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Re: PackageKit major annoyances



On Fri, Dec 19, 2008 at 9:54 AM, Richard Hughes <hughsient gmail com> wrote:
> On Thu, 2008-12-18 at 23:18 +0100, Mark wrote:
>> On Thu, Dec 18, 2008 at 10:35 PM, Richard Hughes <hughsient gmail com> wrote:
>> > You probably need to file a bug about this. I normally add exactarch=1
>> > in my yum.conf file, and I might even argue we should do this my
>> > default.
>>
>> I will fill a bug report about this. (once i find the packagekit bugzilla)
>
> Default yum policy is a Red Hat bug.
>
>> >> 3. Oke, mplayer is done installing now and now it asks me to run it..
>> >> why? I really can't think of a valid reason to even ask the user that!
>> >> it's pointless!
>> >
>> > You installed it for a reason, right? Surely if I'm compelled to install
>> > a specific application, we should offer to run it? Why make the user
>> > navigate the menus and find the correct name and icon?
>>
>> No, you should not offer it to run. It's unexpected and not asked for behaviour.
>> All other distros (that i've used) just install it and are done. They
>> don't offer the option to run it. Fedora with packagekit somehow needs
>> to act different and that shouldn't happen. Stick to the way other
>> distros work and your fine. that's a proven way and works fine.
>
> *bttzzt*
>
> Just because PackageKit does things differently to other previous tools
> doesn't mean the previous tools were doing things the right way. I'm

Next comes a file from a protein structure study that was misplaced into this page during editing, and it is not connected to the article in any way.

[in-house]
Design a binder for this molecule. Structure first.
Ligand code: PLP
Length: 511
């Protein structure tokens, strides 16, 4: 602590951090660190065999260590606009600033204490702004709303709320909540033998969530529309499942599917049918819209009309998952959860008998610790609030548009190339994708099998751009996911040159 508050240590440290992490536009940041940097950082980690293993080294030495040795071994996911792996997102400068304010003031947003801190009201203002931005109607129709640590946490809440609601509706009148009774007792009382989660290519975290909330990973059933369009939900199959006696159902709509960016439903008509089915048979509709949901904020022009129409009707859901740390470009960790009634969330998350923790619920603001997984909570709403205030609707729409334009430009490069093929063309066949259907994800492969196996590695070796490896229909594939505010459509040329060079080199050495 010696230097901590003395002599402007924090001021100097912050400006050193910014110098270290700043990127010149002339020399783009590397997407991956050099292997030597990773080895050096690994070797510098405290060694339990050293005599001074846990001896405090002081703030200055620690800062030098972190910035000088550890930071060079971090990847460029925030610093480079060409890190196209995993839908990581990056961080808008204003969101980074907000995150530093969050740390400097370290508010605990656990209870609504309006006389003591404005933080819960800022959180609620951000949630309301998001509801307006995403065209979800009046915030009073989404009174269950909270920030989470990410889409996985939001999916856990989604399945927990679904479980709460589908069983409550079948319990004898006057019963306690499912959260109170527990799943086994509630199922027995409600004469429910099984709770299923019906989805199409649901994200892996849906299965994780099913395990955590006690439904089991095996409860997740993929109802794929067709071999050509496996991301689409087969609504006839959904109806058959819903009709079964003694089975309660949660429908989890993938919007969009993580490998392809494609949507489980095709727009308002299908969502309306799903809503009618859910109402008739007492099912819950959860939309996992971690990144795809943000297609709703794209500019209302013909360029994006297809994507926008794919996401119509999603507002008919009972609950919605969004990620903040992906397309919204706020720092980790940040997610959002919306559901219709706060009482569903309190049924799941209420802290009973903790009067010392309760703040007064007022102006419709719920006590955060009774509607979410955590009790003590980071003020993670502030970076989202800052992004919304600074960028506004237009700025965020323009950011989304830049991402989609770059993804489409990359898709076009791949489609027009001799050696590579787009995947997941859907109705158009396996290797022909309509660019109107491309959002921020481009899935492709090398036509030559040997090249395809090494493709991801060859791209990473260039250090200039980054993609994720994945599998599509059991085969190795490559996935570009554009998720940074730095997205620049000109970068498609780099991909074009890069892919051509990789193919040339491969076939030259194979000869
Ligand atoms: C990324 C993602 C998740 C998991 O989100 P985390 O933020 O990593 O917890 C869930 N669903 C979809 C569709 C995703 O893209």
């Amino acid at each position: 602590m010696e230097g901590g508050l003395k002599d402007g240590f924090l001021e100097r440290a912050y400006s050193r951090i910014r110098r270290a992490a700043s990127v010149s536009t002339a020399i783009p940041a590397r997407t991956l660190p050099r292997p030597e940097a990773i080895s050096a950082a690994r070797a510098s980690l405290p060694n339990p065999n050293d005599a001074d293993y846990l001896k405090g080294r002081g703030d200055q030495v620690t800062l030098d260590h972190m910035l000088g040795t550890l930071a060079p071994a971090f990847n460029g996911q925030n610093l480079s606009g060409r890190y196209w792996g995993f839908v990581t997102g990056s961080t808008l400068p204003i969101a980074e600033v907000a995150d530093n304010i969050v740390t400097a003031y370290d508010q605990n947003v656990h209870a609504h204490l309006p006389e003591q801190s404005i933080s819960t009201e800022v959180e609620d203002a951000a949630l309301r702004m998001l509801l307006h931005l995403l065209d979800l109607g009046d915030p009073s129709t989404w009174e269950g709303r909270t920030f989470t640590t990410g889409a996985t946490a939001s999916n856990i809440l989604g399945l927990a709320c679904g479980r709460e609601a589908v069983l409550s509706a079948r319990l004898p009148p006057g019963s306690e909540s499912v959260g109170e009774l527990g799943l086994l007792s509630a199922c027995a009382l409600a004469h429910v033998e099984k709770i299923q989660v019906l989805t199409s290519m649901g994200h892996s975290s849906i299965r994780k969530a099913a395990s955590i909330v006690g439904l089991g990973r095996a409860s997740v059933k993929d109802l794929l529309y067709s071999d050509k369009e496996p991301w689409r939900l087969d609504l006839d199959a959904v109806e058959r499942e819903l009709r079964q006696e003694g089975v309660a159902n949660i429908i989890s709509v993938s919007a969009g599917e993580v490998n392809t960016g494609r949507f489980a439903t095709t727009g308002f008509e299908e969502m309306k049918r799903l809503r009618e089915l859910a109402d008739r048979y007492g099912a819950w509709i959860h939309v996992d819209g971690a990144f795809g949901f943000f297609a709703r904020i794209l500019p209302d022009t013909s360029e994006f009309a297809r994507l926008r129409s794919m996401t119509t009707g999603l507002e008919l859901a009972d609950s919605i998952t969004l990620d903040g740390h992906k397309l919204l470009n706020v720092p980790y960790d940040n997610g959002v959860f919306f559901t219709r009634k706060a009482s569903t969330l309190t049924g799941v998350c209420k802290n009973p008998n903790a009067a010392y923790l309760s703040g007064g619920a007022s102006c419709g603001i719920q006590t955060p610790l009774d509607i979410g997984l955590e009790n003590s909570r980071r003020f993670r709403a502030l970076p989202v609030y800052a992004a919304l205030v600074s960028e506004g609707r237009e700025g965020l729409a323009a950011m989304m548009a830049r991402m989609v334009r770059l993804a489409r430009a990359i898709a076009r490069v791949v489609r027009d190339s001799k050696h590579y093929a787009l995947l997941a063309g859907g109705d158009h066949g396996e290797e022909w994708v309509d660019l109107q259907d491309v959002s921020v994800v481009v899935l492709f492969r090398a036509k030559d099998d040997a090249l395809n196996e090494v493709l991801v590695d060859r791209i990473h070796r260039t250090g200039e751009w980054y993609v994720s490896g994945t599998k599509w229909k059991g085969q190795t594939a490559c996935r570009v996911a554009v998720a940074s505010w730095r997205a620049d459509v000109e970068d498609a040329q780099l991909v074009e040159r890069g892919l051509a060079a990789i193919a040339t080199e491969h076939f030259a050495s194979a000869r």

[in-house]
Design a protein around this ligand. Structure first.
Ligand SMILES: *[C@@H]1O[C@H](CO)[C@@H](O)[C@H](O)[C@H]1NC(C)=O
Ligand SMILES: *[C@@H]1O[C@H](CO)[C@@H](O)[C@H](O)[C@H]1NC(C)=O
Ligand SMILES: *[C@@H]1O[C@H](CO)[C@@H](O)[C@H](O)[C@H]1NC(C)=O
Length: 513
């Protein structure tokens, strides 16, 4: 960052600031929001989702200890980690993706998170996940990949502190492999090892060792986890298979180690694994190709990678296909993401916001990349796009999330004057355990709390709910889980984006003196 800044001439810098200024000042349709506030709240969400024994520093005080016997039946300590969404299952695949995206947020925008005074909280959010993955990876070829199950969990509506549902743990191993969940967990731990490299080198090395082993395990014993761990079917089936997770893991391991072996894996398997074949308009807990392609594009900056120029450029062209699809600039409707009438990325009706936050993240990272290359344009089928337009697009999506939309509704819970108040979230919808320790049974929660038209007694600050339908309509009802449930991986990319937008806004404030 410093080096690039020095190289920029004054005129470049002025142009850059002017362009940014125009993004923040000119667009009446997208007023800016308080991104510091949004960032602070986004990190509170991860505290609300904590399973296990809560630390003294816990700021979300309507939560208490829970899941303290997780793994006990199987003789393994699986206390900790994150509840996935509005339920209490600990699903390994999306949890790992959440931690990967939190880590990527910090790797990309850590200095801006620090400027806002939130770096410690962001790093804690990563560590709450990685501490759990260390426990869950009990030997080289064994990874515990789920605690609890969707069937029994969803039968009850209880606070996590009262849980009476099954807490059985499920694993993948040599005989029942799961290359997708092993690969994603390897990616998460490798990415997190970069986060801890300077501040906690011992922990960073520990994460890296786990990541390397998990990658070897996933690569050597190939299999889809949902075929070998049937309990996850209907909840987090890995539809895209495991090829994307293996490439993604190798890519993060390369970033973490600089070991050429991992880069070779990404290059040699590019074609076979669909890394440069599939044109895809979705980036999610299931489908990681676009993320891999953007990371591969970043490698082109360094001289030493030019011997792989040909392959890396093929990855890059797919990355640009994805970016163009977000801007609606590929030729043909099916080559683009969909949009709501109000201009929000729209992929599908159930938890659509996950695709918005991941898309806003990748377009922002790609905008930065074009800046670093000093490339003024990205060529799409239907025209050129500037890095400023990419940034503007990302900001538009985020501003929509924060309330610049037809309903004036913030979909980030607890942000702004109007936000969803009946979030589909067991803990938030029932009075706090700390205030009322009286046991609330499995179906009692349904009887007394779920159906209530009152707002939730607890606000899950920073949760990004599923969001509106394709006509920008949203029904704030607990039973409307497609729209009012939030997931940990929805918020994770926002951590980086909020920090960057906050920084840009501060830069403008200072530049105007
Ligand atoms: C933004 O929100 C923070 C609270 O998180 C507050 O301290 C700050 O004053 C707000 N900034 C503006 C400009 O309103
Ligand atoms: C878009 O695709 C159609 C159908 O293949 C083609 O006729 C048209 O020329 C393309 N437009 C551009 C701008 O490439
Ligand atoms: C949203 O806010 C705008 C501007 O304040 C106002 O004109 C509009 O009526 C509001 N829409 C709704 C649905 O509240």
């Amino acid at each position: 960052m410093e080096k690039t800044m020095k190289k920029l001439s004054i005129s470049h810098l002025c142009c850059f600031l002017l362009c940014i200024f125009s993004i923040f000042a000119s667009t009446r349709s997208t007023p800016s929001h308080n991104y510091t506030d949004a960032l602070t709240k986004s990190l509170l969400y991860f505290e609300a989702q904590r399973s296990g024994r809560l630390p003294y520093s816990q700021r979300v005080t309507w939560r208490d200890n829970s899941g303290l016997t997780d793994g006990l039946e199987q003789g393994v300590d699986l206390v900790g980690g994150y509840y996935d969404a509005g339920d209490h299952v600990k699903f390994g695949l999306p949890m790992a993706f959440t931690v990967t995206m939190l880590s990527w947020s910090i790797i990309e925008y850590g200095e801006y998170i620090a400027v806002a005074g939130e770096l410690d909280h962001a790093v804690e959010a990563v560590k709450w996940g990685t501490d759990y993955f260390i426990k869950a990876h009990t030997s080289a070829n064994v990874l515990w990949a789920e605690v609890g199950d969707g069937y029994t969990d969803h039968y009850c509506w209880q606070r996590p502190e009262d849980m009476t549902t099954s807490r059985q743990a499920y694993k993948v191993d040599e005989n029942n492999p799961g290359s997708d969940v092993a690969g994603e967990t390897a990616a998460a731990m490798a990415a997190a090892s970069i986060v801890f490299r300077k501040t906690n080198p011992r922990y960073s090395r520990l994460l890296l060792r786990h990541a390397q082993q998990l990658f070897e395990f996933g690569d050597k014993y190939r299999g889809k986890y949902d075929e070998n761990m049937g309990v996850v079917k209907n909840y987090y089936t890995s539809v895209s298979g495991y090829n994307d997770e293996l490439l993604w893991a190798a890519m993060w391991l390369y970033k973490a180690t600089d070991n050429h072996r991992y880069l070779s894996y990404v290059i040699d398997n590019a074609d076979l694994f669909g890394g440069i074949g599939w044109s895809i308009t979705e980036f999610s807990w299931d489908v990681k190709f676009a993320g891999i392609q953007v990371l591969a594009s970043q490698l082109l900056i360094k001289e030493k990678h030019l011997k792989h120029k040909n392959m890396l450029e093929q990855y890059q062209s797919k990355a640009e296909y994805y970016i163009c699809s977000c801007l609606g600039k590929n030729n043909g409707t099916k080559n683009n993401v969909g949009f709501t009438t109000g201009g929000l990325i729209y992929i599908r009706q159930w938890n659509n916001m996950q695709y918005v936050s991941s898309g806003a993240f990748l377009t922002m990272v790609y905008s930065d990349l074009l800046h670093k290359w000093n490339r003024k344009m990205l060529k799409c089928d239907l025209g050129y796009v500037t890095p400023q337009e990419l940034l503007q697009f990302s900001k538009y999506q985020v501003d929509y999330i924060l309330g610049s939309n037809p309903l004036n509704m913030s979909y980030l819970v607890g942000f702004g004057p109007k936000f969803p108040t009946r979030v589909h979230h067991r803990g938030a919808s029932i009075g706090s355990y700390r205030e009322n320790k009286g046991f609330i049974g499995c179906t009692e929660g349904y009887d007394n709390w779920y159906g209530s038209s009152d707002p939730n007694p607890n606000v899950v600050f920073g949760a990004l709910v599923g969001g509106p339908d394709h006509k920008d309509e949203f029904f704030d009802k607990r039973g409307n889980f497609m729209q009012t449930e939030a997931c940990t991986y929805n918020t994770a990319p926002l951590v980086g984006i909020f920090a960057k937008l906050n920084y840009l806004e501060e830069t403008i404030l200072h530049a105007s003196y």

> actually trying to shift the user away from manually installing packages
> in a tool, and start installing them automatically at the point of use
> instead.
>
> See:
> http://www.packagekit.org/img/gpk-client-codecs.png
> http://www.packagekit.org/img/gpk-client-font.png
> http://www.packagekit.org/img/gpk-client-mime-type.png
>
>> > It didn't just look ugly, it had core architectural problems. PackageKit
>> > is a different framework, not an application.
>>
>> Another reason why it should mature first befora getting included in
>> fedora as the default package management system
>
> If you want a stable rock-solid system please use CentOS or RHEL. If you
> want a system that features the latest technologies, use Fedora.
>
> You can't just develop a new framework by hacking in a dark room for two
> years, and then declaring it "finished" and shipping it in a distro.
> Architectural changes like this need to evolve, and change as users
> needs are discovered.
>
> Users also have a habit of using the tools differently to what
> developers envisage, which always leads to loads of bugs for every new
> feature.
>
> I also think I'm a pretty pro-active maintainer, as the version of
> PackageKit in F9 started at 0.1.x and is now at 0.3.11 (which is the
> same version as F10 FWIW). File valid bugs and I'll fix them. Sending
> mails to a mailing list saying "I don't really like it" doesn't seem
> such a useful thing to do.
>
> Richard.

well.. your right on everything.
I personally do want the latest features and a little bleeding edge is
fine for me as long as it's usable.
And.. to be honest.. packagekit fits in those lines.
It could also be that it requires some "getting used to" before i like it.

On Fri, Dec 19, 2008 at 8:51 AM, Rahul Sundaram
<sundaram fedoraproject org> wrote:
> Mark wrote:
>
>>
>> i did. i can't find the page that says which distro's are using
>> packagekit..
>> Do you have a link for me?
>
> That's a long list. The following (not a comprehensive list) distributions
> have contributors working on it.
>
> Foresight, Fedora, SUSE, Ubuntu, Gentoo, Paldus ..
>
> I will try and add this information to the packagekit.org FAQ later now that
> I have commit access again but the list of backends are already listed on
> the site and it should give you a good idea.
>
> Rahul

You clearly don't get the point.
Provide a list of distros that use it as there main package management
system and split out the fedora derivatives. or sort by "based on:
<fedora|ubuntu|etc...>"


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